Cosmic inflation describes a phase lasting a tiny fraction of a second in the universe's existence, in which the universe expanded at a faster-than-light speed from a speck much, much smaller than an atom to about the size of a grapefruit. The theory for this extraordinary process, originally formulated by physicists Alan Guth (currently at MIT) and Andrei Linde (to whom Kuo was delivering the news), suggested that the stupendous expansion happened when the universe was about one trillionth of a trillionth of a trillionth of a second old! In other words, this was what truly "banged" in the Big Bang. (See "What Did Go 'Bang' in the Big Bang?")

Now are you surprised that Linde reacted the way he did?

The signature that Kuo was talking about came from the BICEP2 telescope at the South Pole:

2014-03-26-18cosmos2sm.jpg
The BICEP2 telescope is in the foreground; in the background is the South Pole Telescope (credit: Steffen Richter/Associated Press).

The inflationary model predicted that the explosive expansion would have generated certain ripples -- gravity waves -- predicted to exist by Einstein's theory of general relativity. These waves stretch space in one direction and squeeze it in another, leaving what is known as a "B-mode polarization" imprint in the cosmic microwave background (the whirling patterns seen below):

2014-03-26-gravitational_waves_sm.jpg
Map of the so-called "B-modes," the imprints left by gravitational waves on the cosmic microwave background (from arXiv:1403.3985 by the BICEP2 Collaboration).

BICEP2 detected these B-modes at a statistically significant level. (The "five sigma" that Kuo referred to means that there is only a 1-in-35-million probability of the result occurring by chance.) Inflation is also what created all the matter and radiation in our universe, and some versions of inflation theory predict the existence of a multiverse -- a huge ensemble of universes. (See "How Can We Tell If a Multiverse Exists?")

So with that simple knock on Linde's door, Chao-Lin Kuo was bringing the news that we may have witnessed the birth of the...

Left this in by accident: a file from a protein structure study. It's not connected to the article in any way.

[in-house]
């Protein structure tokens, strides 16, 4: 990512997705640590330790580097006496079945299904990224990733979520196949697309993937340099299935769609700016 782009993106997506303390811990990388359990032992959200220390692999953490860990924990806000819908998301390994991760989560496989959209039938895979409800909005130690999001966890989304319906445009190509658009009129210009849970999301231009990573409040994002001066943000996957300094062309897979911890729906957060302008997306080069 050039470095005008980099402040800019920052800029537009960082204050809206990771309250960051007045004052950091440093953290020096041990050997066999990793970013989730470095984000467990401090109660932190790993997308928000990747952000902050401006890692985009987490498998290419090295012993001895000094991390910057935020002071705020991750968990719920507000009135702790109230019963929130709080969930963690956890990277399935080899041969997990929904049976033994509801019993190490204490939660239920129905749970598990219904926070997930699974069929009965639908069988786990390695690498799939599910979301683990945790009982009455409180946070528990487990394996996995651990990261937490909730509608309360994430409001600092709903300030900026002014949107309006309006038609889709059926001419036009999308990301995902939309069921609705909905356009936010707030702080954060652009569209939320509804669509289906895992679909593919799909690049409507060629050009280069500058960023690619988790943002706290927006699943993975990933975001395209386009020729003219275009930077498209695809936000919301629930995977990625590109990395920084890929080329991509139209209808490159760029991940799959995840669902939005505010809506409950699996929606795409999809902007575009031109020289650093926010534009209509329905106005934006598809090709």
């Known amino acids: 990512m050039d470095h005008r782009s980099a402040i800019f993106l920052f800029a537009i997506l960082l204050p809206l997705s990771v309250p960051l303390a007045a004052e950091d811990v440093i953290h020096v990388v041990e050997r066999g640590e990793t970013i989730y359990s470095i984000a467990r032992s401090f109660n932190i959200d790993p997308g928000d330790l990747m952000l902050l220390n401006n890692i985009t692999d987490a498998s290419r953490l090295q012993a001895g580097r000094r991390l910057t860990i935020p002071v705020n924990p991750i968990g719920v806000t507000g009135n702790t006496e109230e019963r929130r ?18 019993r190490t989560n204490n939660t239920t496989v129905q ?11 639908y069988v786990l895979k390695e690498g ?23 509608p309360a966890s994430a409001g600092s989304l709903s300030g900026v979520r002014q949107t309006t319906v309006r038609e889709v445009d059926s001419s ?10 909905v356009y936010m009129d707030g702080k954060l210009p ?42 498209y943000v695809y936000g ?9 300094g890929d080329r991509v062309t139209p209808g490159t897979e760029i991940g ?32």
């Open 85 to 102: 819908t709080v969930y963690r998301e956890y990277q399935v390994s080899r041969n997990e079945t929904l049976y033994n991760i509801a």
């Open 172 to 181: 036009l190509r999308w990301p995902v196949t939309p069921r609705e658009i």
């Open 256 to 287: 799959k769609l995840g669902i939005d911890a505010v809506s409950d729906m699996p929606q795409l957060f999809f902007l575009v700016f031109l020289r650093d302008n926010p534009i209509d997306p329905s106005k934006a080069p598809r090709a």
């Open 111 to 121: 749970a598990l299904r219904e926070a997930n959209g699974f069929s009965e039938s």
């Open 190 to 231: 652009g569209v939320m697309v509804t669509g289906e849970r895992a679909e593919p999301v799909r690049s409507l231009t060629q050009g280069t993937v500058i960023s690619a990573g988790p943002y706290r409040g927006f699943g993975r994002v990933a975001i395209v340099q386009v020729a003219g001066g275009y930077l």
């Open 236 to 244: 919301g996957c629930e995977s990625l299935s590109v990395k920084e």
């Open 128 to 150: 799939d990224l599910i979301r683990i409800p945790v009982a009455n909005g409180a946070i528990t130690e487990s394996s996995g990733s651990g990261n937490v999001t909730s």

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Put It on Ice

(3) Comments | Posted March 12, 2014 | 12:49 PM

This winter, the continental U.S. has experienced such long periods of cold weather that some have started to wonder whether scientists have somehow gotten the signs wrong, and instead of global warming we are experiencing a mini ice age. This, of course, is not really the case; Europe and the...

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The Grains of Space

(4) Comments | Posted February 27, 2014 | 7:05 PM

We are used to thinking about space as a smooth continuum, which can, in principle, at least, be probed to infinitely small dimensions. For instance, in Euclidean geometry, a point is defined as "that which has no part." In other words, points have no volume, area, or length, and yet...

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Eternal Inflation?

(3) Comments | Posted February 11, 2014 | 6:01 PM

The original inflationary model of the universe proposed that when our universe was only a tiny fraction of a second old, it underwent a brief, but stupendously accelerated expansion. The expansion took quantum fluctuations (on subatomic scales) and enlarged them to astronomically relevant dimensions. This idea (put forward by physicist...